Here are some tips based on my personal experiences reading at home:

1. Create a book culture at home.

You’ve heard the age-old saying “charity begins at home”? Actually, any life-long habit is always first established among your closest kin—the people you live and learn with every single day. As such, if you want your children to learn to love reading, they will have to see you reading often, too.

If you have a book collection in storage, take everything out and display your books properly. This sends a message that books are valuable and worthwhile! And when children are surrounded by books, you increase the chances that they’ll want to eventually read them.

2. Start by suggesting books based on movies.

I know, I know. The book is always better. But if your child is already familiar with a character or plot after having seen the movie, her interest will be more greatly piqued. This is especially helpful for children who find reading boring or whose attention span is so short they have trouble getting through a book.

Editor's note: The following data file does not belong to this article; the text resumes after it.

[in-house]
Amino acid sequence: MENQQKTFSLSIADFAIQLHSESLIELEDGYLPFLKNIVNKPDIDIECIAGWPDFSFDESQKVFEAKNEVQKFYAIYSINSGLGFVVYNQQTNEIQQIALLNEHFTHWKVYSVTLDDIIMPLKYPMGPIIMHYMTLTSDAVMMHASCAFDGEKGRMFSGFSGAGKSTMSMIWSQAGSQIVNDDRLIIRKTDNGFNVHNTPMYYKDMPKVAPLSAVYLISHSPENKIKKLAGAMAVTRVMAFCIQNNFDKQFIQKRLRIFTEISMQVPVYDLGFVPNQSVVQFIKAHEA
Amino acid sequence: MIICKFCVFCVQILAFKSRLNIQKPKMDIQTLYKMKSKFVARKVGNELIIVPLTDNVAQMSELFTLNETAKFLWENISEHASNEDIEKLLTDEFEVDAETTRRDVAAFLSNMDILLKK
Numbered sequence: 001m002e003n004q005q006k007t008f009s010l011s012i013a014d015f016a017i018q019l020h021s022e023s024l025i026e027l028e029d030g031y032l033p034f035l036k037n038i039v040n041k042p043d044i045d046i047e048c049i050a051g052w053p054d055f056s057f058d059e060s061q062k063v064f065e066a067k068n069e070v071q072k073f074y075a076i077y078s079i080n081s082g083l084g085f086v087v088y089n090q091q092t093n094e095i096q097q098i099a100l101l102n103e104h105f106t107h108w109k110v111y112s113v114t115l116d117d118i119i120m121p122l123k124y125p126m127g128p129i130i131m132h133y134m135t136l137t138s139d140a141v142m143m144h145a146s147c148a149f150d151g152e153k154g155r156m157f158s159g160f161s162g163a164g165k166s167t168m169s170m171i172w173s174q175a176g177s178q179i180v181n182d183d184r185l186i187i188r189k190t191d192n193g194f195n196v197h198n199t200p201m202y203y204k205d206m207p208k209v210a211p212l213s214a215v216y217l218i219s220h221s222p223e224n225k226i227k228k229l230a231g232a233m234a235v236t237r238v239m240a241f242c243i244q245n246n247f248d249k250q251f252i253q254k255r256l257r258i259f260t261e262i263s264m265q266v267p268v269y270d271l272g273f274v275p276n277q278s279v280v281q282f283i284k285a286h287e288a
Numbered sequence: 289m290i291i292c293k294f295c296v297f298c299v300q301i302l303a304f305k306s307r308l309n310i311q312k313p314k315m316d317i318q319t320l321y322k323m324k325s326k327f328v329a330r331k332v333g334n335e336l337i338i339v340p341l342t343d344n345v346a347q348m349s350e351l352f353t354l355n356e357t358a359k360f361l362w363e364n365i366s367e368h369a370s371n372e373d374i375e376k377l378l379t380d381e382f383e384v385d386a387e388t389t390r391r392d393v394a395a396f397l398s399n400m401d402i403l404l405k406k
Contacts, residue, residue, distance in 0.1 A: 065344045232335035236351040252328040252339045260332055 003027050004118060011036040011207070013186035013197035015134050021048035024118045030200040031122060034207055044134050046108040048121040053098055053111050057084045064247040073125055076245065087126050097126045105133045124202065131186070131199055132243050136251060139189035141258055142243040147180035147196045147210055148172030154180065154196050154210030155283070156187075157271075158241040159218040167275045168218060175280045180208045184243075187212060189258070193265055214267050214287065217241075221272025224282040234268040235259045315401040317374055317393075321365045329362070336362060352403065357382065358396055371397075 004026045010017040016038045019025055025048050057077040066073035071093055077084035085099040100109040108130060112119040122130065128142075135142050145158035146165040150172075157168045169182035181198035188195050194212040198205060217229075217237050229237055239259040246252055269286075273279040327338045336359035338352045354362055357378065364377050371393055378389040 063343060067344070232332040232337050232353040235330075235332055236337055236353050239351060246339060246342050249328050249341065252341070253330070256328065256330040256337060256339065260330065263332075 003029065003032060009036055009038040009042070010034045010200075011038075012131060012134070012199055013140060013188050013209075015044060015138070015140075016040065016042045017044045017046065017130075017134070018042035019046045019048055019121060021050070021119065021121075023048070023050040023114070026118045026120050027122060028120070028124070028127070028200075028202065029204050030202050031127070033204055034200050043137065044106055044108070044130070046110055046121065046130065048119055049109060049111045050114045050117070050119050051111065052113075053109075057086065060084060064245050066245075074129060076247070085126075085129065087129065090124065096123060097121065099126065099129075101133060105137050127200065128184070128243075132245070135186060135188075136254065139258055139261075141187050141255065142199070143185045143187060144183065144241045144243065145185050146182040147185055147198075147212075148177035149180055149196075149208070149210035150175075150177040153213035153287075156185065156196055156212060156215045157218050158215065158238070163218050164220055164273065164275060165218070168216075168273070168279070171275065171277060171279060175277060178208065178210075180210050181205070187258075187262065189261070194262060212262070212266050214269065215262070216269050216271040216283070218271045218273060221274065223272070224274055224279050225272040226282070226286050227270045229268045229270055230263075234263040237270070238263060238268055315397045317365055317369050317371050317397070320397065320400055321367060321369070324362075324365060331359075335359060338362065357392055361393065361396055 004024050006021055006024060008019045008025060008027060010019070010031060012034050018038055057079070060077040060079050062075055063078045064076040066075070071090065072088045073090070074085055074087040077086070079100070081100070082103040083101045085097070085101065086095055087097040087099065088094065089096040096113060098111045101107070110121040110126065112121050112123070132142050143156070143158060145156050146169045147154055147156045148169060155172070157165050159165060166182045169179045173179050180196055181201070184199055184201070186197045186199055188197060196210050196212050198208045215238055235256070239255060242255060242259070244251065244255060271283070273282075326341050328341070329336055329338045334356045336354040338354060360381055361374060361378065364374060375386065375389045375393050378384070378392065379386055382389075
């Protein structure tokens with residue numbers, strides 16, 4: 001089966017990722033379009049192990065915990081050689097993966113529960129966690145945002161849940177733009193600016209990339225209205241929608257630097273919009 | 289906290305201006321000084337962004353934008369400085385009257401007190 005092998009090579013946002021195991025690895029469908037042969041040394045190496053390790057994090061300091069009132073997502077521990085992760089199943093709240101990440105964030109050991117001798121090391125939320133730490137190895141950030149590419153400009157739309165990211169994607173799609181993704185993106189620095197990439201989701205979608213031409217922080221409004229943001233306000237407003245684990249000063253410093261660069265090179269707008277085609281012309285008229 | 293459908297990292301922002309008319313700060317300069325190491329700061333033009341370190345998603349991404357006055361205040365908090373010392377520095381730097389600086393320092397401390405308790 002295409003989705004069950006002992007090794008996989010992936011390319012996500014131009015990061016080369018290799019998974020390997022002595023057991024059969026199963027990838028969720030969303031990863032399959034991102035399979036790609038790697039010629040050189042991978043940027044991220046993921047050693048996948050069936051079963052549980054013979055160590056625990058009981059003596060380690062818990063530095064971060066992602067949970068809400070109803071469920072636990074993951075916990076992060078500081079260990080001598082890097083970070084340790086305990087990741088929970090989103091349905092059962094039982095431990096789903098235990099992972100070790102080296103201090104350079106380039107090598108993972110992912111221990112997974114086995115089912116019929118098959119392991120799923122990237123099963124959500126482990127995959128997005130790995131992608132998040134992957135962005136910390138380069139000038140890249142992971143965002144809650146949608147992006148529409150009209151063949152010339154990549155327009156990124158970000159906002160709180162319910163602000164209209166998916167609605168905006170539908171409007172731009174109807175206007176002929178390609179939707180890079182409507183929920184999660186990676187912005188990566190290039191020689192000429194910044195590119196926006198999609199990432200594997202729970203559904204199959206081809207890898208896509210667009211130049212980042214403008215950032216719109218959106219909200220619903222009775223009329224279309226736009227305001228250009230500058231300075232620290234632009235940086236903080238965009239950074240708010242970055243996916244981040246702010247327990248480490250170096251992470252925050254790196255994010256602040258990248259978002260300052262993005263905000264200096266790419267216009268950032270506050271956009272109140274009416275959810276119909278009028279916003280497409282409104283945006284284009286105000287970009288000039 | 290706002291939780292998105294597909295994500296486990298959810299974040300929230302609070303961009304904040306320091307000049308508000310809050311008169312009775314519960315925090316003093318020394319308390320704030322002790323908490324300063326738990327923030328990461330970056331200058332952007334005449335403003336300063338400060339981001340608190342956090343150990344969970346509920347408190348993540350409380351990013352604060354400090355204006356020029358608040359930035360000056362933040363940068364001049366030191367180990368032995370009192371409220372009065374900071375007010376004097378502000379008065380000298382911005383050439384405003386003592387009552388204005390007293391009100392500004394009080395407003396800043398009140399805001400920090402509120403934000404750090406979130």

3. Make oral reading a tradition in your household.

For many families, story time ends when children reach age five or six; when they don’t have trouble falling asleep anymore; or when other forms of technology begin to entertain them. First, don’t stop reading aloud! That rich bonding time continues to send the message that reading—in all its forms—is held in high esteem in your home. Keeping that oral tradition alive is also important for further developing reading, writing, and comprehension skills.

And don’t forget to include other oral activities. When I was homeschooled, my parents had us memorize poems and short prose pieces, which we’d recite out loud. This is a great tool for helping young children acquire an ear for good writing, and it gives students of all ages a chance to “marinate” in passages of great literature and poetry.